China’s major state-owned energy companies have been ordered to make sure they have enough fuel supplies for the upcoming winter at all costs, according to a report released Friday, as the world’s second-largest economy faces serious challenges. affect its growth. Bloomberg News, citing sources familiar with the matter, reported that Vice Premier Han Zheng asked energy companies to ensure there was enough fuel to run the country and that Beijing would not tolerate blackouts.
Han Zheng, who oversees the country’s energy sector and industrial production, was speaking at an emergency meeting this week with officials from the Public Asset Regulatory Authority, the Planning Agency, and Beijing’s economy, the same sources said. Data released on Thursday showed Chinese factory activity contracted last month for the first time since February 2020.
generalized power outage
Han Zheng’s statement raised concerns that already high commodity prices could rise further. The country suffers from widespread power outages that have resulted in the complete or partial shutdown of factories, affecting global production and supply chains. There are many reasons for this, but they are mainly related to the huge dependence of the Asian giant on coal – which provides 60% of its electricity production.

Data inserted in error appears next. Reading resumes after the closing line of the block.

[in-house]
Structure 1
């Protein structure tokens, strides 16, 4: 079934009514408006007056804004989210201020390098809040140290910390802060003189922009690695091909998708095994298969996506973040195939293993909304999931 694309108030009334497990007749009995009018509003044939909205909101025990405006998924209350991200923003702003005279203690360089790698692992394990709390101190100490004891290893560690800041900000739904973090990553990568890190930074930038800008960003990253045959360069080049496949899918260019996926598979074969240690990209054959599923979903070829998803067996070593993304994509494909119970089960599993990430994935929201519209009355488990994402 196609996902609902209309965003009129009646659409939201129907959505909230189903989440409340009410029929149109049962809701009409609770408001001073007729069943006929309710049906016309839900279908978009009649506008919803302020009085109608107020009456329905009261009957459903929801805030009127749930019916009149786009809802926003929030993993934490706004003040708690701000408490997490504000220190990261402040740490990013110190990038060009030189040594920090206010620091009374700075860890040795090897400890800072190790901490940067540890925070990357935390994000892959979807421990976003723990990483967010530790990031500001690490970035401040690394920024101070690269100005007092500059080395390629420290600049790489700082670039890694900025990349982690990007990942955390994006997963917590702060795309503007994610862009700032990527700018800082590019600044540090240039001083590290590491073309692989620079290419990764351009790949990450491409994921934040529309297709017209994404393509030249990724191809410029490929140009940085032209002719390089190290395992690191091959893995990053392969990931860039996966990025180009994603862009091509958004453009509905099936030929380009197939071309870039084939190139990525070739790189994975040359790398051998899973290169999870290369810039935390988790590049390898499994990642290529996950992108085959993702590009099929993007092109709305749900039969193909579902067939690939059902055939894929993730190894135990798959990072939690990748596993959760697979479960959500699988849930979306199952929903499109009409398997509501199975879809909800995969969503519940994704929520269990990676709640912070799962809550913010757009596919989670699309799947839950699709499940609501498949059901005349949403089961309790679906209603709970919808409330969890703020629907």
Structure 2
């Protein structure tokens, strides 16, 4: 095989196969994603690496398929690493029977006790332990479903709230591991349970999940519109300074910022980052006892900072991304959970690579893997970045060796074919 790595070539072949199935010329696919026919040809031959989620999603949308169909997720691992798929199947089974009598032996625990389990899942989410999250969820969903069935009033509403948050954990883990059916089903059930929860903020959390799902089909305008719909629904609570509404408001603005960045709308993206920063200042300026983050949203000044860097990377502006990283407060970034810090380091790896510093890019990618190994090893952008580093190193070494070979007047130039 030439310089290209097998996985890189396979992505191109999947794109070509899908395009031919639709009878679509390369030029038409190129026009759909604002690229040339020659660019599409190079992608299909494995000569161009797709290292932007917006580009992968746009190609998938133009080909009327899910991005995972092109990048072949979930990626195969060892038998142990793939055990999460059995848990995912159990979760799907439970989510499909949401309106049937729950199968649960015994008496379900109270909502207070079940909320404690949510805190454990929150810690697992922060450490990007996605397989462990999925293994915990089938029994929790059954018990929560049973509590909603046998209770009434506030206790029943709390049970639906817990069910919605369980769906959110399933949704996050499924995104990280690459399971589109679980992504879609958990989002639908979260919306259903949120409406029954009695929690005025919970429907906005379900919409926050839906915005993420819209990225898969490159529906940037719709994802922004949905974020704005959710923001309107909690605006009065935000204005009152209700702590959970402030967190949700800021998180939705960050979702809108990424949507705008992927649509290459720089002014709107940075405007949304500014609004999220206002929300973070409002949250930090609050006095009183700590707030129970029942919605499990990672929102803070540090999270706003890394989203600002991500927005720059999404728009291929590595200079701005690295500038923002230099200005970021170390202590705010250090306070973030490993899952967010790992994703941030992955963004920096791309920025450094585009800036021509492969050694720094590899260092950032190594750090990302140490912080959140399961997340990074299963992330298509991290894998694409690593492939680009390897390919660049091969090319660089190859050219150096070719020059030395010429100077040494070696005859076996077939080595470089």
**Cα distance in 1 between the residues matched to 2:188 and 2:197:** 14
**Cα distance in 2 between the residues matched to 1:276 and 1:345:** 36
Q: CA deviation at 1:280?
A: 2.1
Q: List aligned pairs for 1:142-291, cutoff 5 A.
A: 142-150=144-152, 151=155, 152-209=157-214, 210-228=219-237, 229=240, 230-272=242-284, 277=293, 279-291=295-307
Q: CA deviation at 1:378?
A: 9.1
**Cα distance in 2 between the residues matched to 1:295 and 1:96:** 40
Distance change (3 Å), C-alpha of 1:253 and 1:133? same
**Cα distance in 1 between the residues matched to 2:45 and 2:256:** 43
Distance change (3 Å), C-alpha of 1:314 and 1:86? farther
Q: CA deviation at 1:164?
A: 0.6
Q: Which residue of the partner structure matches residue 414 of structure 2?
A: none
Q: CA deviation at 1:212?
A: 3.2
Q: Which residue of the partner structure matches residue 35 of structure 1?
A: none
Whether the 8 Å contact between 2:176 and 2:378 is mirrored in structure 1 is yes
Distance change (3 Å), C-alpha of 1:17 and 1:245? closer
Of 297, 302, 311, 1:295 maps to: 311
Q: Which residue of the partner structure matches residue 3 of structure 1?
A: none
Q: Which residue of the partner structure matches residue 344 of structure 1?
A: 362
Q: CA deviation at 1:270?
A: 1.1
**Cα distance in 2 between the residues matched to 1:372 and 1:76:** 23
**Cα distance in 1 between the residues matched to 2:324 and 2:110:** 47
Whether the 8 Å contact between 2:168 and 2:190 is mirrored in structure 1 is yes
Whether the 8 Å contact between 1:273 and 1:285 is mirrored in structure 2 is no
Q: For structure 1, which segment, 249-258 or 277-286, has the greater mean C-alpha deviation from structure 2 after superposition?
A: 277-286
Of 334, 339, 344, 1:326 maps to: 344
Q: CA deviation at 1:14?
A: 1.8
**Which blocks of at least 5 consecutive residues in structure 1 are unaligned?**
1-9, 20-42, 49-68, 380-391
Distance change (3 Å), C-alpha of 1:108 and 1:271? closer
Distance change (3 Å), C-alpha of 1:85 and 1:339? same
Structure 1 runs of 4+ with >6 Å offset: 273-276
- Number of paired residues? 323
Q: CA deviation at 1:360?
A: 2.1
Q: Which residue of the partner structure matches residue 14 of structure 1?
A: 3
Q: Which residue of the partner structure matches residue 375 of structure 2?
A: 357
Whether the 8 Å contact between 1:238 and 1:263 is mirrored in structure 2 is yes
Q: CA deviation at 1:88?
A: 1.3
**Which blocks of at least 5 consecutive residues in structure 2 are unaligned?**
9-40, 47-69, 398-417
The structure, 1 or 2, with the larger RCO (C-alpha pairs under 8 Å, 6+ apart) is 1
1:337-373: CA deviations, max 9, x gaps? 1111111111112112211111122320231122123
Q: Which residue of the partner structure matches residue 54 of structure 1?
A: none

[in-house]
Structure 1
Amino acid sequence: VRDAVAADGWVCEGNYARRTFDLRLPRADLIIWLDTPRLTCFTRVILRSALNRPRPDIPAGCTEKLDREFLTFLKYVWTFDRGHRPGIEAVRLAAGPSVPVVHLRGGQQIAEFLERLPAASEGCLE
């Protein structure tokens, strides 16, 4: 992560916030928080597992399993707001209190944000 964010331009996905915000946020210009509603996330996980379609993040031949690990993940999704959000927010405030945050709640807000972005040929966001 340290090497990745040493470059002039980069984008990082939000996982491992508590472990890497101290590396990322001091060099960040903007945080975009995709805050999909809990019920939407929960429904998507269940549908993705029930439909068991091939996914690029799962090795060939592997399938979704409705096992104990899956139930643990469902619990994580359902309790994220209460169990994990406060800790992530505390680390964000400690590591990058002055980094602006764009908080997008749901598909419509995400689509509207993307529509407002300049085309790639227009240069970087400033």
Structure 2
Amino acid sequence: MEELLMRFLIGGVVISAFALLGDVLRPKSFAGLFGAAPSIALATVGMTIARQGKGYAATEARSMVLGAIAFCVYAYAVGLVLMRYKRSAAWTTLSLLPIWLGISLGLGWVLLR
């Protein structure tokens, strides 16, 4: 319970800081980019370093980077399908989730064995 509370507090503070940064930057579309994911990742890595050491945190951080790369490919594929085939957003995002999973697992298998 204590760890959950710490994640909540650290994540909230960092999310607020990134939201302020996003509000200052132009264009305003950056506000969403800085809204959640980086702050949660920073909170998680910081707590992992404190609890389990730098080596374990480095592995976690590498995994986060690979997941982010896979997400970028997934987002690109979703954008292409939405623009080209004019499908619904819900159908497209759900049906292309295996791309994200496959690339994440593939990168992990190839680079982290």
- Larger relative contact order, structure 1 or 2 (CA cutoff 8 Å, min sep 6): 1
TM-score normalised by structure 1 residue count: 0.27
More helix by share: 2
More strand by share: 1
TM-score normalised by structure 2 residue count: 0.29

More than a dozen provinces and regions have had to impose restrictions on energy use in recent months. For Bjarne Schieldrop, an analyst at SEB, this seems to mean “We are not in any way on the eve of calm. Instead, it looks like things are going to get even crazier». «They will do everything they can to win an auction for a shipment of coalOr liquefied natural gas, he added.
The power shortage prompted banks Nomura and Goldman Sachs to cut their growth forecasts for China this week as they expect further disruption to supply and production chains. Factories that supply multinationals such as Apple and car maker Tesla are among those affected and forced to halt production. In Dongguan, a sprawling factory city where millions of workers work, many employees had to revise their schedules.
Chinese coal futures hit an all-time high on Thursday, as the country faces a fuel shortage as the National Day approaches and many factories are closed during the week.
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